With social distancing guidelines — mask requirements and limited capacity in spaces across campus — event programming at USD is looking different this year.
The university will continue to host events both large and small, but the styles of programs are changing in order to conform to safety guidelines.
Doug Wagner, director of the Muenster University Center, said most activities in the MUC have either become grab-and-go style — such as Mocktails and Canvas — or adjusted to take place within a limited time frame.
“In the past, (Mocktails and Canvas) has been a sit-down style program, and now we parcel out individual paint cups, individual paint brushes, canvasses and instructions,” Wagner said.
The MUC ballroom can currently host 107 people, so it is still available for events that can conform to safety guidelines — however, Wagner said he thinks many student organizations are deciding not to use the space in order to mitigate the spread of the pandemic.
Dean of Students Kim Grieve said the university will continue to have a robust schedule of activities that fulfill safety guidelines.
The university is currently hosting fewer outside speakers and lecturers because, Grieve said, it’s difficult to get speakers to travel at the present time.
Grieve said if the Board of Regents risk level increases from three to four, the university will have to rethink some of its events. While some activities may be cancelled, Greive said USD is trying to host as many events as previous years.
“Right now we’re really hoping that we can continue to stay at the level we are now, or that we can even go to a level two at some point in time because we know how important it is to students to have the campus experience,” Grieve said.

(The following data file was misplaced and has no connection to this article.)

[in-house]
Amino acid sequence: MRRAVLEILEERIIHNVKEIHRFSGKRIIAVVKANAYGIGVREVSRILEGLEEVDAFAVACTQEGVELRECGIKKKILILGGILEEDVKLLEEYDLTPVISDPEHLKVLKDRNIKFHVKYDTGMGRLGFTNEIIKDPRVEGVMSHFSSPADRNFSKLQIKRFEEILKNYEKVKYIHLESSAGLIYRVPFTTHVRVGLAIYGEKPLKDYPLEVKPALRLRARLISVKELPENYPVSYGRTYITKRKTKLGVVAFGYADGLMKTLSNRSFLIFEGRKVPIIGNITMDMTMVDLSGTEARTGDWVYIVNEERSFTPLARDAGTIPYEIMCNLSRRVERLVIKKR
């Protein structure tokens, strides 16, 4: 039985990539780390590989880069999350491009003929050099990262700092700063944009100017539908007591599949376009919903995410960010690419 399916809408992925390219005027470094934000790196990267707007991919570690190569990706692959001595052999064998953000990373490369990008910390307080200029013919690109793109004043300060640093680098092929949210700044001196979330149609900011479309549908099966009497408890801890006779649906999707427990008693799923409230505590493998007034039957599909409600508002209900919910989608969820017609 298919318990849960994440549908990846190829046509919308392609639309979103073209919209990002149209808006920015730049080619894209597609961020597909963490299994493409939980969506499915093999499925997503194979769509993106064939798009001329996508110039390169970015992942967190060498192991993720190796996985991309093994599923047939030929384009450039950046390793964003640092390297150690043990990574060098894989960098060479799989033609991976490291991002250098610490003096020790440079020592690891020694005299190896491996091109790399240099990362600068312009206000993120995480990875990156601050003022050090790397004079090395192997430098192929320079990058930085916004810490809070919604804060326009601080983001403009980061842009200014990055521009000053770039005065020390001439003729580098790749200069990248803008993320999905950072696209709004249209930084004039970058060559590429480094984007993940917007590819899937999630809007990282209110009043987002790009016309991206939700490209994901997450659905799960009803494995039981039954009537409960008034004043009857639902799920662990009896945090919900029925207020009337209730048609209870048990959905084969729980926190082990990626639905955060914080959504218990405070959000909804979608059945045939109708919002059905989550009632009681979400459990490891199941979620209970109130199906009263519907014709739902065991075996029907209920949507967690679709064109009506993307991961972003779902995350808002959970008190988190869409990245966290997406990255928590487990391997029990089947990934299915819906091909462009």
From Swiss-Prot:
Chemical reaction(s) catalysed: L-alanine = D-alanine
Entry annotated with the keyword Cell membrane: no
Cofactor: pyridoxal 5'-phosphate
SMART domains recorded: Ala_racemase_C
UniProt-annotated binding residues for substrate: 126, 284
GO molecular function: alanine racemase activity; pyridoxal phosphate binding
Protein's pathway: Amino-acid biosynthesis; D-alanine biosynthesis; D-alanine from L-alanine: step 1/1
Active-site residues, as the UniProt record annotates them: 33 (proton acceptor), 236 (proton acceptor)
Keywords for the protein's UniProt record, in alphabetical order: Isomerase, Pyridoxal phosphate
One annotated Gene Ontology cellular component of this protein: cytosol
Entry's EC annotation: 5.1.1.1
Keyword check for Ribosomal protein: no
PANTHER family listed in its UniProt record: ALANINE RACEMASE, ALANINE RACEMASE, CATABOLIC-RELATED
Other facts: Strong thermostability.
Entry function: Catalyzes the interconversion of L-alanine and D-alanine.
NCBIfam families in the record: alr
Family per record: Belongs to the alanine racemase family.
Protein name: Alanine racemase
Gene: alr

Laura Chandler, CDC director, said the CDC limited capacity for its open house event to 15 people at a time. The organization has also moved its Mosaic Leaders Mixers online.
Large events which require the use of the MUC ballroom, Chandler said, will be changed so as to cycle participants in and out.
Events like Diwali and Asian Lunar New Year will become “bazaar” style events, Chandler said. Students will be able to go to the event and visit different stations rather than sit in the ballroom for a prolonged period of time.
Chandler said there are still opportunities for students to meet other students and participate in campus life — they just look different this year.
“We’re all just adjusting to this new reality, but I find our students are very resilient,” Chandler said. “They care about their health and they care about the health of other community members, and so I think our students are adjusting well.”
While on-campus events need to follow safety guidelines, Grieve said the university wants to continue to provide as many activities as possible so students can continue to be involved on campus.
“We’re hoping … students will continue to participate in all the activities that we’re offering,” Grieve said. “We’re doing our very best to continue all of those events so everybody has a great experience.”